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|The Aryan Brotherhood
(aka AB, Alice, Alice Baker) a prison gang that originated at San Quentin Penitentiary in California in 1967 in response to a series of racial incidents
Although membership into the Brotherhood is limited strictly to whites, racial hatred is of secondary importance to the gang. The gang's principal purpose today is to control drugs, gambling, and prostitution within the prisons in which it operates. Originally membership was restricted only to those inmates with Irish heritage, but has since been extended to inmates with German ancestry; inmates who are neither of Irish or German ancestry can still become members, but must often undergo a far more rigorous "application process." Although minorities are not allowed to join the Brotherhood, it is not uncommon for members to associate with Hispanics and other minorities (except Blacks) when such association can benefit the Brotherhood (acquisition of drugs, for example).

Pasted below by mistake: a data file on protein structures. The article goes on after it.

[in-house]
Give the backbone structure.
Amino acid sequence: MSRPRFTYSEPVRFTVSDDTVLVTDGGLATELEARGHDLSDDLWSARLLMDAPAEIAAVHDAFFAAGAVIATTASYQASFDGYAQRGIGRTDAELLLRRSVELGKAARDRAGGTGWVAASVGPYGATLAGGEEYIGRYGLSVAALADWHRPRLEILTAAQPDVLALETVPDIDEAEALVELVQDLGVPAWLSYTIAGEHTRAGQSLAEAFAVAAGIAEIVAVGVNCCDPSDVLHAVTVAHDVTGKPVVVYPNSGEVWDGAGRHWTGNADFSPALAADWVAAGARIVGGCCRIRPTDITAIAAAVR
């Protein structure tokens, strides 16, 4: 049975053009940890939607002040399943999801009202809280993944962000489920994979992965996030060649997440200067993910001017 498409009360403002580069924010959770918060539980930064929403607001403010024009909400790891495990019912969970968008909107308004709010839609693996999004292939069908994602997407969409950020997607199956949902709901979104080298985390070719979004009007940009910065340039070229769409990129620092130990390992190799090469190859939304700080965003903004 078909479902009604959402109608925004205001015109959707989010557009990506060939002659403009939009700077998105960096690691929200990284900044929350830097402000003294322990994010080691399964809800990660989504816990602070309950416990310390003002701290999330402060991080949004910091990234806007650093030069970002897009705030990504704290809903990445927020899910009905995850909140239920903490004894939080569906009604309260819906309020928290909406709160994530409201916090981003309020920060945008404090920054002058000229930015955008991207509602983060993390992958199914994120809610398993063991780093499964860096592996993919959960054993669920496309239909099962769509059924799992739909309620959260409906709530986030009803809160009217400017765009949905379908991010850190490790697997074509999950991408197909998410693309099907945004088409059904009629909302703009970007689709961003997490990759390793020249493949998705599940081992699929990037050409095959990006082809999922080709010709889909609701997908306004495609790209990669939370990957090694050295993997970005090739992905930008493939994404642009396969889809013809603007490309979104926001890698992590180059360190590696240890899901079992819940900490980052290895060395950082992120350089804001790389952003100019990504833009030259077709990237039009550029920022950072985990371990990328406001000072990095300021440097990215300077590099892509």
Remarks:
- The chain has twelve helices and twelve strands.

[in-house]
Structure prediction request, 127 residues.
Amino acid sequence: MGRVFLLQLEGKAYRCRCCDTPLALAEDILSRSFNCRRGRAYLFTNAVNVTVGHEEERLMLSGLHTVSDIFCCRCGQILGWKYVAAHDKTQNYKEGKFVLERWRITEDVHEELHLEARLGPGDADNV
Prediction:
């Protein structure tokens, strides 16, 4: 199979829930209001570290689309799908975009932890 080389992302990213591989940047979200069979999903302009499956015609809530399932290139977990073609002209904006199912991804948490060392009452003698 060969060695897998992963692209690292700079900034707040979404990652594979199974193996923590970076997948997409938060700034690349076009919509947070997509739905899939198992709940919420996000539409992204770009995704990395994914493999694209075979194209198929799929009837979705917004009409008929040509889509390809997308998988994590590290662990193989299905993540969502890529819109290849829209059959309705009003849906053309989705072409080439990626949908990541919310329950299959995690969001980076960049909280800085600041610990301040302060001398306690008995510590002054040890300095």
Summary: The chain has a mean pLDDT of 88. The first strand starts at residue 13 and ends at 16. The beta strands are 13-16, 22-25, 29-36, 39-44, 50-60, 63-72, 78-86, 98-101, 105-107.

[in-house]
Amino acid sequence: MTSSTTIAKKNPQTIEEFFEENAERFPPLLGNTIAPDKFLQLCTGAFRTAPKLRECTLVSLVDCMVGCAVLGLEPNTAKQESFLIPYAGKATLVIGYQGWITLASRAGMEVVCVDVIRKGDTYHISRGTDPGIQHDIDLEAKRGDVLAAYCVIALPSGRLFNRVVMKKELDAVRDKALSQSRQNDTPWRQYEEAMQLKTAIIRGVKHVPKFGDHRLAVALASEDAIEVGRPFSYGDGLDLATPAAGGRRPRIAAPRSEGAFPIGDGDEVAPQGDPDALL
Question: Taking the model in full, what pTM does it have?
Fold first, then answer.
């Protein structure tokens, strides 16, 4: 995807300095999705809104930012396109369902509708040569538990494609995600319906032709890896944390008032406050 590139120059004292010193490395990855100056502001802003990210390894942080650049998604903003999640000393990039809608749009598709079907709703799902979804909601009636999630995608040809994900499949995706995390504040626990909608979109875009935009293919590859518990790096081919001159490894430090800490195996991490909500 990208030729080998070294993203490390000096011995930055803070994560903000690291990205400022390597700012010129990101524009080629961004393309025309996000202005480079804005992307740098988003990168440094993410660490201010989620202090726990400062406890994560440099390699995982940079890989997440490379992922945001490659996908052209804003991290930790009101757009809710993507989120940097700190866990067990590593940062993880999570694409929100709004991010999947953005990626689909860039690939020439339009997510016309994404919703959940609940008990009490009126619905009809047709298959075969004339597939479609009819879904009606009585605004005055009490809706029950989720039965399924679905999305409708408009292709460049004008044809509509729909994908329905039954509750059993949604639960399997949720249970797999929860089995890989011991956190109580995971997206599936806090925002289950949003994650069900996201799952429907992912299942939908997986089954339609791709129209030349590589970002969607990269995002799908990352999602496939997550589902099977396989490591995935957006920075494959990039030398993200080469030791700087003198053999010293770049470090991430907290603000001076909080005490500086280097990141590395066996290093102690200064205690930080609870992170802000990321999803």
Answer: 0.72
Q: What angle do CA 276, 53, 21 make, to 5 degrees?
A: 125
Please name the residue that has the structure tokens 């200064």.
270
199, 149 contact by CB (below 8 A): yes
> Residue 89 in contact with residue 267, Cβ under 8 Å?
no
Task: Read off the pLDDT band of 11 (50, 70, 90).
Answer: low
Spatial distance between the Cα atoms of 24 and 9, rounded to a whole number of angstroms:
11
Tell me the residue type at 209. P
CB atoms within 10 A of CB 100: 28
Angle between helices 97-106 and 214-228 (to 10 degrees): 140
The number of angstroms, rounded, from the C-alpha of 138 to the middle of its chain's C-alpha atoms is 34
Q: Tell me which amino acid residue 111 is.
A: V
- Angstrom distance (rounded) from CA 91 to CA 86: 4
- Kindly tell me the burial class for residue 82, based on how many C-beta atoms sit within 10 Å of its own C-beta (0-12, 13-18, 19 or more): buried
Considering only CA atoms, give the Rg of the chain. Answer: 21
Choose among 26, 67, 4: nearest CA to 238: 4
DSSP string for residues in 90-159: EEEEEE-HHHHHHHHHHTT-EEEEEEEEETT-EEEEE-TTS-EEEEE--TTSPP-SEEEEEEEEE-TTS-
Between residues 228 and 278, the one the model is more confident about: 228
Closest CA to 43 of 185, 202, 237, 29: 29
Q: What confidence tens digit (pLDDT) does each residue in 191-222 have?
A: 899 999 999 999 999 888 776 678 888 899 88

Potential members of the Brotherhood must first prove themselves by killing someone targeted by the Brotherhood. A five-man "membership committee" has the final say as to whether someone becomes a member, and the committee's vote must be unanimous. Someone who fails to gain the votes of all five committee members may often be allowed to associate with the gang for a variety of reasons, but will not enjoy all of the "benefits" of being a full member. The only way out of the Brotherhood is through the member's own death, either by natural causes or murder.
The true Aryan Brotherhood tattoo is a shamrock (signifying Irish ancestry), the letters AB, and three sixes, but there are numerous variations. Only Aryan Brotherhood members are allowed to have a tattoo featuring any combination of those traditional symbols, and anyone caught trying to pass himself off as a member by sporting an Aryan Brotherhood-style tattoo is targeted for death.
The Aryan Brotherhood still has a fairly strong presence in the California prison system, as well as the prison systems of many other states and within the federal system. Members who are released from prison often conduct criminal enterprises outside the prison system on behalf of their brethren who are still incarcerated.
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This page was last updated on September 22, 2017.